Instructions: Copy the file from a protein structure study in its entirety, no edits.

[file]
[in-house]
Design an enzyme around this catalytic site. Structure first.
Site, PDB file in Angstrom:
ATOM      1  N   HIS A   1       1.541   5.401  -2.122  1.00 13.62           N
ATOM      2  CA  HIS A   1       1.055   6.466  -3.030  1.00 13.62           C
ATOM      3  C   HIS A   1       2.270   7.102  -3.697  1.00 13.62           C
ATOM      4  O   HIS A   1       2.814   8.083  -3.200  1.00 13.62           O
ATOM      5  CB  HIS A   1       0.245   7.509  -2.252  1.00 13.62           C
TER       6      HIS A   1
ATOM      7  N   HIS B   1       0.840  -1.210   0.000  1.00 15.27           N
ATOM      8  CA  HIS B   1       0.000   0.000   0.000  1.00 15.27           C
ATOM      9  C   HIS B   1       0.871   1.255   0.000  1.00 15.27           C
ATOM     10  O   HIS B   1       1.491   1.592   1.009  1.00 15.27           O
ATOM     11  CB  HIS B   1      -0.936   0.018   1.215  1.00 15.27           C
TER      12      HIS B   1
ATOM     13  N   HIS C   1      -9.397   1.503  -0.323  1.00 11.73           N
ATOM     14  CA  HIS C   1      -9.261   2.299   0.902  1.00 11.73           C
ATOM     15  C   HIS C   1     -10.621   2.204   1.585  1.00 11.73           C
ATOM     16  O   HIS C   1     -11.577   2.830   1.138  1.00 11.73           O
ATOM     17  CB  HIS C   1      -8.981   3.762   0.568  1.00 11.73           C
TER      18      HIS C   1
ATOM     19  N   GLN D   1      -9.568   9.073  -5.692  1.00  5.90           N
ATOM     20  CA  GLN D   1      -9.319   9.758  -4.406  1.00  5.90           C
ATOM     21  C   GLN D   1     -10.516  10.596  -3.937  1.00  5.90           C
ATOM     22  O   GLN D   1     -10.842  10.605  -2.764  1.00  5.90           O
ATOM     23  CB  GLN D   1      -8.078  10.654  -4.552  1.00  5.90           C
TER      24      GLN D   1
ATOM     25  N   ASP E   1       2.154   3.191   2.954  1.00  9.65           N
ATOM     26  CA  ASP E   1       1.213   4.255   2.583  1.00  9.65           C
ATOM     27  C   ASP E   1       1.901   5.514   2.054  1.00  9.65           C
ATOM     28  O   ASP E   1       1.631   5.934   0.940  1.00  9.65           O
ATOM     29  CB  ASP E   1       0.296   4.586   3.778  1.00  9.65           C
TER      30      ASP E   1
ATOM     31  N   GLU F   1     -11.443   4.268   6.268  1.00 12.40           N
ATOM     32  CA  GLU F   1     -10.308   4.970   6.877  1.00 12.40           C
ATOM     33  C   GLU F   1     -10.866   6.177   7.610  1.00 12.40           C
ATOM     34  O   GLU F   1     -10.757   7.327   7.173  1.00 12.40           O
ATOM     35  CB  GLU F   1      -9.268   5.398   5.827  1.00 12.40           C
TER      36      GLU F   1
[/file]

[in-house]
Design an enzyme around this catalytic site. Structure first.
Site, PDB file in Angstrom:
ATOM      1  N   HIS A   1       1.541   5.401  -2.122  1.00 13.62           N
ATOM      2  CA  HIS A   1       1.055   6.466  -3.030  1.00 13.62           C
ATOM      3  C   HIS A   1       2.270   7.102  -3.697  1.00 13.62           C
ATOM      4  O   HIS A   1       2.814   8.083  -3.200  1.00 13.62           O
ATOM      5  CB  HIS A   1       0.245   7.509  -2.252  1.00 13.62           C
TER       6      HIS A   1
ATOM      7  N   HIS B   1       0.840  -1.210   0.000  1.00 15.27           N
ATOM      8  CA  HIS B   1       0.000   0.000   0.000  1.00 15.27           C
ATOM      9  C   HIS B   1       0.871   1.255   0.000  1.00 15.27           C
ATOM     10  O   HIS B   1       1.491   1.592   1.009  1.00 15.27           O
ATOM     11  CB  HIS B   1      -0.936   0.018   1.215  1.00 15.27           C
TER      12      HIS B   1
ATOM     13  N   HIS C   1      -9.397   1.503  -0.323  1.00 11.73           N
ATOM     14  CA  HIS C   1      -9.261   2.299   0.902  1.00 11.73           C
ATOM     15  C   HIS C   1     -10.621   2.204   1.585  1.00 11.73           C
ATOM     16  O   HIS C   1     -11.577   2.830   1.138  1.00 11.73           O
ATOM     17  CB  HIS C   1      -8.981   3.762   0.568  1.00 11.73           C
TER      18      HIS C   1
ATOM     19  N   GLN D   1      -9.568   9.073  -5.692  1.00  5.90           N
ATOM     20  CA  GLN D   1      -9.319   9.758  -4.406  1.00  5.90           C
ATOM     21  C   GLN D   1     -10.516  10.596  -3.937  1.00  5.90           C
ATOM     22  O   GLN D   1     -10.842  10.605  -2.764  1.00  5.90           O
ATOM     23  CB  GLN D   1      -8.078  10.654  -4.552  1.00  5.90           C
TER      24      GLN D   1
ATOM     25  N   ASP E   1       2.154   3.191   2.954  1.00  9.65           N
ATOM     26  CA  ASP E   1       1.213   4.255   2.583  1.00  9.65           C
ATOM     27  C   ASP E   1       1.901   5.514   2.054  1.00  9.65           C
ATOM     28  O   ASP E   1       1.631   5.934   0.940  1.00  9.65           O
ATOM     29  CB  ASP E   1       0.296   4.586   3.778  1.00  9.65           C
TER      30      ASP E   1
ATOM     31  N   GLU F   1     -11.443   4.268   6.268  1.00 12.40           N
ATOM     32  CA  GLU F   1     -10.308   4.970   6.877  1.00 12.40           C
ATOM     33  C   GLU F   1     -10.866   6.177   7.610  1.00 12.40           C
ATOM     34  O   GLU F   1     -10.757   7.327   7.173  1.00 12.40           O
ATOM     35  CB  GLU F   1      -9.268   5.398   5.827  1.00 12.40           C
TER      36      GLU F   1